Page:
Showgunners Review

Showgunners art header

Showgunners is at heart a love letter to the 90s, taking the XCOM formula and throwing it into a Running Man/Cyberpunk setting that brings some interesting results. More XCOM-likes are coming out of the woodwork these days, but after being enamoured with Midnight Suns last year, I didn’t expect to be so surprised by another game in this turn-based genre quite so soon.

You take on the role of Scarlett Martillo, a mysterious badass who has entered the world of Homicidal All-Stars, a brutal reality game show during the latter part of the 21st Century. With each season, new contenders fight to make it through to the end with the promise of fame, fortune, and of course their lives intact. Everyone thinks Scarlett is just another punk who will get killed in episode one, but they didn’t count for her resourcefulness and thirst for revenge.

There’s a strong focus on telling an old school story here, and it’s done in a way that will not only appeal to fans of 90s nostalgia, but also anyone that just wants a good story in general. Modern day writing tends to be littered with twists and turns, which isn’t a bad thing, but you also come to expect those story beats. Where everyone else is trying to be moody and clever, Showgunners just simply wants to have fun.

Each level is an episode in which Scarlett has to explore the area in real time, solve environmental puzzles, grab loot and take on the turn-based battle arenas. The environments are littered with traps that are not too difficult to bypass, but if you’re not paying attention, you can get hit for a chunk of damage. I initially felt the exploration would be a novelty that would quickly wear off, but the litany of things to do quickly grabbed my attention and had me exploring every nook and cranny trying to find everything I could. Looting can net you and your team new weapons, implants, items and money, so grabbing it all to make yourself stronger for the next battle is pretty sensible.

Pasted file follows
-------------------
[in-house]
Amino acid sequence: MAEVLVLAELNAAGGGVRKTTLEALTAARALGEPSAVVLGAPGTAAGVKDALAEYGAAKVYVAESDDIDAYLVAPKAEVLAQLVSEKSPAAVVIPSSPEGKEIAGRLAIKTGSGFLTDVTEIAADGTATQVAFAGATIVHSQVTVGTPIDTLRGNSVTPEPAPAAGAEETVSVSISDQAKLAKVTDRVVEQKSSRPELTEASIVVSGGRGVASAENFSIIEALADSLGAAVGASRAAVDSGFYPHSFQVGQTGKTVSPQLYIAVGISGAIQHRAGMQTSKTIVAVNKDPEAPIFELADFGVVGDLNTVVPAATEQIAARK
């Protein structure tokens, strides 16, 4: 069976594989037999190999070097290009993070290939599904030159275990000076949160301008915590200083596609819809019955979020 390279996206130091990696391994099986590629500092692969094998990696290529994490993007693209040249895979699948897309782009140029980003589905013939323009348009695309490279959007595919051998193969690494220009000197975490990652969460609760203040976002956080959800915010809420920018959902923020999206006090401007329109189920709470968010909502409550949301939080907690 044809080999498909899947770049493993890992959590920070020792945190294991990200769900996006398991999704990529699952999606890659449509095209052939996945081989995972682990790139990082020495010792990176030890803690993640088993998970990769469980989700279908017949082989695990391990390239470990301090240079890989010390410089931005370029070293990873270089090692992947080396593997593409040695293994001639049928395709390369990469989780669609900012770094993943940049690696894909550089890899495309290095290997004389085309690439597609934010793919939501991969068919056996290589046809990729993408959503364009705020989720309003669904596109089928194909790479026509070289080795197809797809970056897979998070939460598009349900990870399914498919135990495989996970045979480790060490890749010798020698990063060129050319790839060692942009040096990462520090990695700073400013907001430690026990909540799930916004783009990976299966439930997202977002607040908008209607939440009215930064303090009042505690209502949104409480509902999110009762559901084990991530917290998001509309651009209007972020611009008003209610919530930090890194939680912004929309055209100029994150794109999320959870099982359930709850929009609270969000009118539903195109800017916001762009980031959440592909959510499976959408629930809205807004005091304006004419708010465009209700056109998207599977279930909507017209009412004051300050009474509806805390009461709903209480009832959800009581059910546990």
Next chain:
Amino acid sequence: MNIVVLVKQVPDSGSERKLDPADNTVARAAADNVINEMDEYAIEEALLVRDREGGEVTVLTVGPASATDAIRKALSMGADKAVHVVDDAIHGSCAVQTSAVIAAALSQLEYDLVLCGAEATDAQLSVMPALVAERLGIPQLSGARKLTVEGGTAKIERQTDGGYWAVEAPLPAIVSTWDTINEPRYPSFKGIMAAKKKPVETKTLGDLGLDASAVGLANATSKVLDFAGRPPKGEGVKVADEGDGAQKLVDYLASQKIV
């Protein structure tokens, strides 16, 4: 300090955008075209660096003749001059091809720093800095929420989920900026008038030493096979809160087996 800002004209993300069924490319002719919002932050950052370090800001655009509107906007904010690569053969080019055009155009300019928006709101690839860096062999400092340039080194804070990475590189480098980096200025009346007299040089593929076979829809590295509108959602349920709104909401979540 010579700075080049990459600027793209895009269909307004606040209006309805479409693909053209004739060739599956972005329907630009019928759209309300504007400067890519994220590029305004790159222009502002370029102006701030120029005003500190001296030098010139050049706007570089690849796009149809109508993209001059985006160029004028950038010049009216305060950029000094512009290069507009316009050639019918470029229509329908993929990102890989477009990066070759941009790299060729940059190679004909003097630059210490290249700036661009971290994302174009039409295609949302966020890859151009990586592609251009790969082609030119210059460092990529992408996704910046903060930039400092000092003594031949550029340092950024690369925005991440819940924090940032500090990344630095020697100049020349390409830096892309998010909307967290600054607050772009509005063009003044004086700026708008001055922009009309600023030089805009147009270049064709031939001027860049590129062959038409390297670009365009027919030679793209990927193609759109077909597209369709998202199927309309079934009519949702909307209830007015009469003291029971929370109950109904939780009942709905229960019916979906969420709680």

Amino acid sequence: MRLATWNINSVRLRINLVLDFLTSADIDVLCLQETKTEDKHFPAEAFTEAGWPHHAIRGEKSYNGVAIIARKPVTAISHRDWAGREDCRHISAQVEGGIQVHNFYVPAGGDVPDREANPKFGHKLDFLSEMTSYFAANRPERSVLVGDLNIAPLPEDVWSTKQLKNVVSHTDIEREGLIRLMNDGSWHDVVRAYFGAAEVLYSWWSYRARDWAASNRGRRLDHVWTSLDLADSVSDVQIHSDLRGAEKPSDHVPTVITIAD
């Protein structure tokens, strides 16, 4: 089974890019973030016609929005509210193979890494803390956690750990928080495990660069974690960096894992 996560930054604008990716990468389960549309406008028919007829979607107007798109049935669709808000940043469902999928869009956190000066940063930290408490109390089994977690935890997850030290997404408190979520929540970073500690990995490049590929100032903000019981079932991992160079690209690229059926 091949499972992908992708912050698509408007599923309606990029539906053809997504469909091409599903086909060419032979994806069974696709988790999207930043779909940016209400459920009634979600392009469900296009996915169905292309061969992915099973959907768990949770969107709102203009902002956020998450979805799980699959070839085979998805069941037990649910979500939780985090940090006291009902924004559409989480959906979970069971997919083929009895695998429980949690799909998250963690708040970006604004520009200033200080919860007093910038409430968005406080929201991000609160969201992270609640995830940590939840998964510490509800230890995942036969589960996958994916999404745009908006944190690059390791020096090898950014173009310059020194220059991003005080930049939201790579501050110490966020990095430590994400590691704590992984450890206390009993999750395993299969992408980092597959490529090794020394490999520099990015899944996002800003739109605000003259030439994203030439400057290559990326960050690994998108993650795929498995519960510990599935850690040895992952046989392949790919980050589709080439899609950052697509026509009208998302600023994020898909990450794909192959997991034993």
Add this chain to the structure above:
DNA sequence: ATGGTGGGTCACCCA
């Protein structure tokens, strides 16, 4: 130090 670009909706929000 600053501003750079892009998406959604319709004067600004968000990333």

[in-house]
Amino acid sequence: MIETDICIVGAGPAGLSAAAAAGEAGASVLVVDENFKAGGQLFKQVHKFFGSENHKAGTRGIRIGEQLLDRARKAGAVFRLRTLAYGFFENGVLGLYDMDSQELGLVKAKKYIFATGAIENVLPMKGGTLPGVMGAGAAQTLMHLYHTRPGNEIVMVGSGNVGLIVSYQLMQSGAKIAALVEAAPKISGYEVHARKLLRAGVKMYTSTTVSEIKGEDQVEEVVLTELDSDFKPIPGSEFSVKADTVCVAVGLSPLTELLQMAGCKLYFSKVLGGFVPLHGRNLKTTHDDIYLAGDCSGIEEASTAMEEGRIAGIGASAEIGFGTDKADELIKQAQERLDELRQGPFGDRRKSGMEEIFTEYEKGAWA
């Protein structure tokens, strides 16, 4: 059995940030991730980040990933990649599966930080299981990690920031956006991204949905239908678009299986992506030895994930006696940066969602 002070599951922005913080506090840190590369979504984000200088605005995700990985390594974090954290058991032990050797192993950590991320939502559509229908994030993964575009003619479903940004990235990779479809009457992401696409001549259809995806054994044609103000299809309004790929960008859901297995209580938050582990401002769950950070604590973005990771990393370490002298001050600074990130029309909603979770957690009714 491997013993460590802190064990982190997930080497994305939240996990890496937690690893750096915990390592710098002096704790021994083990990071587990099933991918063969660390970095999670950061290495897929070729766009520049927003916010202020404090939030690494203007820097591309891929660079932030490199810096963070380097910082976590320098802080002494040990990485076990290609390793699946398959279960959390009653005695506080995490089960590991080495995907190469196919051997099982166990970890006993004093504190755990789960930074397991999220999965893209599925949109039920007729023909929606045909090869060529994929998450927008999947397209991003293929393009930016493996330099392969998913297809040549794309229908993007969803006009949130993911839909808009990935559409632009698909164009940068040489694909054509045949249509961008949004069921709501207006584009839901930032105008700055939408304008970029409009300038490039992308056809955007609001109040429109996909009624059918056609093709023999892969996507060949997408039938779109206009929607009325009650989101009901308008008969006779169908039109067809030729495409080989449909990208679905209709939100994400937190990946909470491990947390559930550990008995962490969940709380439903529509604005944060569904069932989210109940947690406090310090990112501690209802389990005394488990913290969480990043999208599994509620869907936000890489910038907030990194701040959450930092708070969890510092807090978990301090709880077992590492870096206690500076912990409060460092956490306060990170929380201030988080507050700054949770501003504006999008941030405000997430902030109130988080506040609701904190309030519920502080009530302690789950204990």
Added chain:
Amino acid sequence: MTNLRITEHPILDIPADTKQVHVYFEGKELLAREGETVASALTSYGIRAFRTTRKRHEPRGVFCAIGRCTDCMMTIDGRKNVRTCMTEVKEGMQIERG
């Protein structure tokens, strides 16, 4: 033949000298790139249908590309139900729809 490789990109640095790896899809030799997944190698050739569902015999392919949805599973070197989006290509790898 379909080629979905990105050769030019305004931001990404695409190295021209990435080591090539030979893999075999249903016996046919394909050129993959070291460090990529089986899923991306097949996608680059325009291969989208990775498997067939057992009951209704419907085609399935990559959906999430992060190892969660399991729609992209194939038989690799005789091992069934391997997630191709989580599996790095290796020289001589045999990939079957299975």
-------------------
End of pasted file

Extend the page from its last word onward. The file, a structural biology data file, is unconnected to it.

Showgunners exploration

You can also greet fans on your way, who will ask you to sign autographs. You can choose how to respond, which will give you points in one of four styles – Nice, Funny, Cocky, or Asshole. Building up these attributes alongside earning Fame from battles lets you pick up sponsorship deals, giving you varying bonuses depending on your playstyle, or straight up just giving you a top tier weapon.

This all goes towards levelling your characters, who are not customisable in terms of looks and skills, but are incredibly unique and each bring something different to the table. Scarlett is the best character and once you have levelled her to a certain point, can unlock skills that will have you tearing through enemies. She is a basic run-and-gun character, but incredibly resilient and a perfect front and centre hero for this tale.

Tybalt, another character who joins the team, has a completely different style which sees him playing his hand from the shadows, using holograms to fool the enemies. He can essentially body swap with another bad guy on the field, forcing other enemies to attack them and ignore him. Later, he unlocks the ability to hack robots and sabotage weaponry, making him invaluable on the field.